Recently, HMRC announced that businesses use a new system of filing self-assessment, which is called Making Tax Digital for Income Tax Self-Assessment (MTD for ITSA). Keeping a record of your business and expenses is crucial so that you can accurately fill out your self-assessment and start paying the taxes you owe.
In naming your business, you need to adhere to HMRC’s guidelines. You can trade using your name or a distinct business name. Your name doesn’t have to be registered. As a sole trader, you don’t have to include ‘limited’, ‘Ltd’, ‘limited liability partnership’, ‘LLP’, ‘public limited company’ or ‘plc’ in your business name. Take note that your business name should be anything but offensive.
Moreover, your business logo or name should not be used or registered as a trademark yet by other businesses so that you avoid potential lawsuits. As much as possible, register a trademark for your business name and logo to prevent other businesses from copying yours.
How to Make Self-Assessment Tax Returns
The tax year will run from 6 April to 5 April every year. By the end of each tax year, HMRC will send you a self-assessment notice. Your deadline for submitting a paper tax return will be on 31 October.
If you file your taxes online, you will have a leeway of three months to complete your return, as the deadline is well ahead of paper tax returns—31 January. Whether you use paper or online, you must pay all taxes by 31 January. Be sure to do comprehensive tax planning so you can adhere with the deadlines at all times.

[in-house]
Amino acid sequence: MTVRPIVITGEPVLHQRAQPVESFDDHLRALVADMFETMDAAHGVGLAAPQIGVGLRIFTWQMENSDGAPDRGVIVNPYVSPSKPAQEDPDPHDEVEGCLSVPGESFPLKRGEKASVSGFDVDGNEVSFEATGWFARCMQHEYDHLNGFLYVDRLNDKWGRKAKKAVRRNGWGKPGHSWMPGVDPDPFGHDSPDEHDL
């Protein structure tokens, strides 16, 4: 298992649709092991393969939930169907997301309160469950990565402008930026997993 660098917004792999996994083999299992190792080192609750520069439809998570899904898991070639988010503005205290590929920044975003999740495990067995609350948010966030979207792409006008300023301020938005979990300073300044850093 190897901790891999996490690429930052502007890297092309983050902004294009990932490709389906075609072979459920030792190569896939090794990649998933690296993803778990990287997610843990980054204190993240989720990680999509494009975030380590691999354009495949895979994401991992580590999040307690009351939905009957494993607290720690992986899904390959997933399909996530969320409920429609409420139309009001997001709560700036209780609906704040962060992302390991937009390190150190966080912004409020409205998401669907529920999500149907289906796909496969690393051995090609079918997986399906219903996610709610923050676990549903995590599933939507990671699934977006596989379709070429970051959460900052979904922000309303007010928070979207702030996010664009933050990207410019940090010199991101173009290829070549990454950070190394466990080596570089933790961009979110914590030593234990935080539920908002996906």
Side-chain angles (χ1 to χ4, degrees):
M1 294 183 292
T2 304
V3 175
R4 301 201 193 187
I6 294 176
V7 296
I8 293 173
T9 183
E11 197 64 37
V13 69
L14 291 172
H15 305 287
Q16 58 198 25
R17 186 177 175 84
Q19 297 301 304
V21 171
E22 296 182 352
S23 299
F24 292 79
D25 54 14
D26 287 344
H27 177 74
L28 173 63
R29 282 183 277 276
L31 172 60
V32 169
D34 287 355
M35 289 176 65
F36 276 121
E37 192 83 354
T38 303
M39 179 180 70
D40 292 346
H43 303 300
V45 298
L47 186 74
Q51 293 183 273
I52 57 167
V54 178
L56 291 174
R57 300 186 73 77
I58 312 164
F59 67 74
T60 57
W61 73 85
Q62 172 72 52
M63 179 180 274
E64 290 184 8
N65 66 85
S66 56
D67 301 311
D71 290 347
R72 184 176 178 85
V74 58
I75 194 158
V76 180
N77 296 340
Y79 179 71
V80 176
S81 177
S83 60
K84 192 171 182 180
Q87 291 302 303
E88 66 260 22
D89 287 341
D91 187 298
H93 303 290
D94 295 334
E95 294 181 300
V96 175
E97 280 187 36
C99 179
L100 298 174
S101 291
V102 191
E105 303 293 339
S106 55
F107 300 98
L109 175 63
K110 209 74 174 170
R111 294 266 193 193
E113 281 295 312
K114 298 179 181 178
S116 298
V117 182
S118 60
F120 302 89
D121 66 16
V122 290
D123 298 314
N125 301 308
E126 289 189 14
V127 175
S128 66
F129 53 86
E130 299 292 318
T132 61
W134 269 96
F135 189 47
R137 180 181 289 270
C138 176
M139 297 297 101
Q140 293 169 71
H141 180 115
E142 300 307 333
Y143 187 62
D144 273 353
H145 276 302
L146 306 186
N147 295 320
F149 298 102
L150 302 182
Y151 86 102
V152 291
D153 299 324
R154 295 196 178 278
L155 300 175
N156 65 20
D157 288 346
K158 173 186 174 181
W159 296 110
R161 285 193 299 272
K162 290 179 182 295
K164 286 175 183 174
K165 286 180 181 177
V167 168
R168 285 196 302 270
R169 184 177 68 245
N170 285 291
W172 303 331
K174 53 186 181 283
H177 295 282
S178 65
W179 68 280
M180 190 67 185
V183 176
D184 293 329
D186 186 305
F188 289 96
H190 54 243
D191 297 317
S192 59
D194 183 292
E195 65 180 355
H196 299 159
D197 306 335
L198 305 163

What Taxes Do Sole Trader Pay
Generally, as a sole trader, you pay the following:
- Income Tax
- National Insurance
- Value Added Tax
For income tax, the threshold for the 2022/23 tax year, or the allowance in which you don’t pay your taxes, is set at £12,570. Beyond this taxable income, already deducted by your allowable expenses, you should be paying income tax. The basic rate applies to you if your taxable income is less than £50,270, charged at 20 per cent. You will be charged the higher income tax rate when your annual taxable turnover is between £50,271 and £150,000, charged at 40%. Lastly, if your annual income is more than £150,000, you will pay 45 per cent of it on income tax.
You are also obliged to contribute to Class 2 and Class 4 National Insurance, which you pay according to your turnover. If you earn more than £6,725 for the 2022/23 tax year, you will be paying £3.15 every week. For Class 4 NICs, which are paid during the self-assessment process, you will be taxed at 10.5 per cent if your annual taxable profit is between £9,880 to £12,570. Whilst any profit above this amount will be taxed at 3.25 per cent. If you earn less than £11,908 per year, then you don’t have to pay Class 4 NICs.
On the other hand, registering and paying for value-added tax (VAT) is only required when your turnover is over £85,000. However, you can also voluntarily pay for VAT when your business needs it, such that you have a VAT-registered business customer and want to reclaim your VAT.
Sorting out your taxes as a sole trader can be time-consuming, given the plenty of responsibilities you already have on your plate. For tax assistance, reach our tax experts at Legend Financial anytime.